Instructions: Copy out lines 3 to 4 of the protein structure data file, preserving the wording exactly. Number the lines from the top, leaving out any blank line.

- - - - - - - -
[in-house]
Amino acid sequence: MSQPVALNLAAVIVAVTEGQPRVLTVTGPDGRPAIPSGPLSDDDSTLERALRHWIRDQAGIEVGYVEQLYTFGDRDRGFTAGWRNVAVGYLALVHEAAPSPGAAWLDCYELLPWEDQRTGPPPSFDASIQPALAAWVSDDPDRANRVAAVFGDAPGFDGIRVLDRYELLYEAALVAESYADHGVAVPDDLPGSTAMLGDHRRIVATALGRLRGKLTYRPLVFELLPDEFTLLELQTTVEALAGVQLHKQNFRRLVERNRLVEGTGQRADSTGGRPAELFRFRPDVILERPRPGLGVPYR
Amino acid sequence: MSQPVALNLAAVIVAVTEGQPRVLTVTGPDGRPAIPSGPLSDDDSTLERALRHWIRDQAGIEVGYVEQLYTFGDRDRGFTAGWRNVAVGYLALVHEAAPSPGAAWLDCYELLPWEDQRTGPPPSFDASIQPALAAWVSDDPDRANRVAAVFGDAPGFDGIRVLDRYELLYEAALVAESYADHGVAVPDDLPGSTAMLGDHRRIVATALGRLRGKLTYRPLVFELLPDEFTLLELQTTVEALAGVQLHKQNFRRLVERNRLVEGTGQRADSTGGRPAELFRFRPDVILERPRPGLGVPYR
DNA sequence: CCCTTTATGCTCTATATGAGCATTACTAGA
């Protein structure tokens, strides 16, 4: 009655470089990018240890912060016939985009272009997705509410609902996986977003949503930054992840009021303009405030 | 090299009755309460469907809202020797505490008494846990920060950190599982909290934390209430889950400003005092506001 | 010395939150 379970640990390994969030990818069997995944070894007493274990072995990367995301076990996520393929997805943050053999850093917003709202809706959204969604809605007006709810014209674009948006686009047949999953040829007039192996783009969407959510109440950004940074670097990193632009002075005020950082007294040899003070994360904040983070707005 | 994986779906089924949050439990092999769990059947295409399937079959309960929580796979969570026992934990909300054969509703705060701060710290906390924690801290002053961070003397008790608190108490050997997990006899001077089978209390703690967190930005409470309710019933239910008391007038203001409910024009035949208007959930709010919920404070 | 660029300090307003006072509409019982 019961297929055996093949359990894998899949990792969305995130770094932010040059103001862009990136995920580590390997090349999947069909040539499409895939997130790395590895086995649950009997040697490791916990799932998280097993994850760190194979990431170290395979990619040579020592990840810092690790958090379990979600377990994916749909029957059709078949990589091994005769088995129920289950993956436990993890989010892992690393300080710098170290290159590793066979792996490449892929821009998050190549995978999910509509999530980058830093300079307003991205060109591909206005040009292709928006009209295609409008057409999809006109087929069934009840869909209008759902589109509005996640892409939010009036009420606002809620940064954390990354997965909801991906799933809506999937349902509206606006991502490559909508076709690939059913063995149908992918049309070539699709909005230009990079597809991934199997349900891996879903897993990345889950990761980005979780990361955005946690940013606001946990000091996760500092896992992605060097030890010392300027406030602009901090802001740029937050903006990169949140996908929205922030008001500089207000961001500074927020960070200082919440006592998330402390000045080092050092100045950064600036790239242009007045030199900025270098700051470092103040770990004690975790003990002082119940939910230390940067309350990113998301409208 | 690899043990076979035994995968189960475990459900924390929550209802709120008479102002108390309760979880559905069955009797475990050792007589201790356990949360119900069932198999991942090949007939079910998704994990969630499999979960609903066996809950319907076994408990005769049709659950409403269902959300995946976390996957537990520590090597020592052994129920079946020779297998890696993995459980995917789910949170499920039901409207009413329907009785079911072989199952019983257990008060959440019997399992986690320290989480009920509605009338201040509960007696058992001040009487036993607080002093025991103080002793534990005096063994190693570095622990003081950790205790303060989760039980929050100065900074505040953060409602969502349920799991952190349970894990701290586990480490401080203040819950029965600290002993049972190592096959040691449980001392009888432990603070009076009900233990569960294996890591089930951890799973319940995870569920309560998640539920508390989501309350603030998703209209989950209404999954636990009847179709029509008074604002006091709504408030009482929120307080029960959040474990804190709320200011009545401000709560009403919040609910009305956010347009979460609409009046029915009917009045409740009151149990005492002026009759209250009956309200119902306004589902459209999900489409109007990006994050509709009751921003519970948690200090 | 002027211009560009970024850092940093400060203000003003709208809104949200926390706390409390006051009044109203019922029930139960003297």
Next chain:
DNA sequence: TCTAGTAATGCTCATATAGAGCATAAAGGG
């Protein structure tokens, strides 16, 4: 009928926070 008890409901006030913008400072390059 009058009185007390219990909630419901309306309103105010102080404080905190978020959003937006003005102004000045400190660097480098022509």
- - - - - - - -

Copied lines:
Amino acid sequence: MSQPVALNLAAVIVAVTEGQPRVLTVTGPDGRPAIPSGPLSDDDSTLERALRHWIRDQAGIEVGYVEQLYTFGDRDRGFTAGWRNVAVGYLALVHEAAPSPGAAWLDCYELLPWEDQRTGPPPSFDASIQPALAAWVSDDPDRANRVAAVFGDAPGFDGIRVLDRYELLYEAALVAESYADHGVAVPDDLPGSTAMLGDHRRIVATALGRLRGKLTYRPLVFELLPDEFTLLELQTTVEALAGVQLHKQNFRRLVERNRLVEGTGQRADSTGGRPAELFRFRPDVILERPRPGLGVPYR
DNA sequence: CCCTTTATGCTCTATATGAGCATTACTAGA